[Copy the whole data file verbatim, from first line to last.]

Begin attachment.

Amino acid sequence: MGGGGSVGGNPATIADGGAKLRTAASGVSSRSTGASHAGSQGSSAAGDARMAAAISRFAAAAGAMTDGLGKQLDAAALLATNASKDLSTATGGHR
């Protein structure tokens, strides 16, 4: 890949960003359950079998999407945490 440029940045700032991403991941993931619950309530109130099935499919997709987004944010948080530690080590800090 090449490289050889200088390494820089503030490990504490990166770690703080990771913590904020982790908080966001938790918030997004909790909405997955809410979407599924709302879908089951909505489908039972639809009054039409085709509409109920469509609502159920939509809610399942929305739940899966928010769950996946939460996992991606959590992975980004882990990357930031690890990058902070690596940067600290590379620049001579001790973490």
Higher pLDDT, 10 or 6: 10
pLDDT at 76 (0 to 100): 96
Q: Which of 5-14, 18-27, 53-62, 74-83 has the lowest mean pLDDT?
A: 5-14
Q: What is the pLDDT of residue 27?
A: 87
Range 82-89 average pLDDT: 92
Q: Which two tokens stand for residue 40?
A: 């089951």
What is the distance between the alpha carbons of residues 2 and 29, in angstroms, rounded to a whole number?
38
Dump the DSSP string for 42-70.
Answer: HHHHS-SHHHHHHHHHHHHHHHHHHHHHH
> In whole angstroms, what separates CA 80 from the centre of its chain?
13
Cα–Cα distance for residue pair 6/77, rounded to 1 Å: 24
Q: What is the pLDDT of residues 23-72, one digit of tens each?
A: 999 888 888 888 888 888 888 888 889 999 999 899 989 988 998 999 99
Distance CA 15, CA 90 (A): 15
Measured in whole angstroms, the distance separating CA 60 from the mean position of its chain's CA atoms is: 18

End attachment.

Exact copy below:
Amino acid sequence: MGGGGSVGGNPATIADGGAKLRTAASGVSSRSTGASHAGSQGSSAAGDARMAAAISRFAAAAGAMTDGLGKQLDAAALLATNASKDLSTATGGHR
């Protein structure tokens, strides 16, 4: 890949960003359950079998999407945490 440029940045700032991403991941993931619950309530109130099935499919997709987004944010948080530690080590800090 090449490289050889200088390494820089503030490990504490990166770690703080990771913590904020982790908080966001938790918030997004909790909405997955809410979407599924709302879908089951909505489908039972639809009054039409085709509409109920469509609502159920939509809610399942929305739940899966928010769950996946939460996992991606959590992975980004882990990357930031690890990058902070690596940067600290590379620049001579001790973490």
Higher pLDDT, 10 or 6: 10
pLDDT at 76 (0 to 100): 96
Q: Which of 5-14, 18-27, 53-62, 74-83 has the lowest mean pLDDT?
A: 5-14
Q: What is the pLDDT of residue 27?
A: 87
Range 82-89 average pLDDT: 92
Q: Which two tokens stand for residue 40?
A: 């089951």
What is the distance between the alpha carbons of residues 2 and 29, in angstroms, rounded to a whole number?
38
Dump the DSSP string for 42-70.
Answer: HHHHS-SHHHHHHHHHHHHHHHHHHHHHH
> In whole angstroms, what separates CA 80 from the centre of its chain?
13
Cα–Cα distance for residue pair 6/77, rounded to 1 Å: 24
Q: What is the pLDDT of residues 23-72, one digit of tens each?
A: 999 888 888 888 888 888 888 888 889 999 999 899 989 988 998 999 99
Distance CA 15, CA 90 (A): 15
Measured in whole angstroms, the distance separating CA 60 from the mean position of its chain's CA atoms is: 18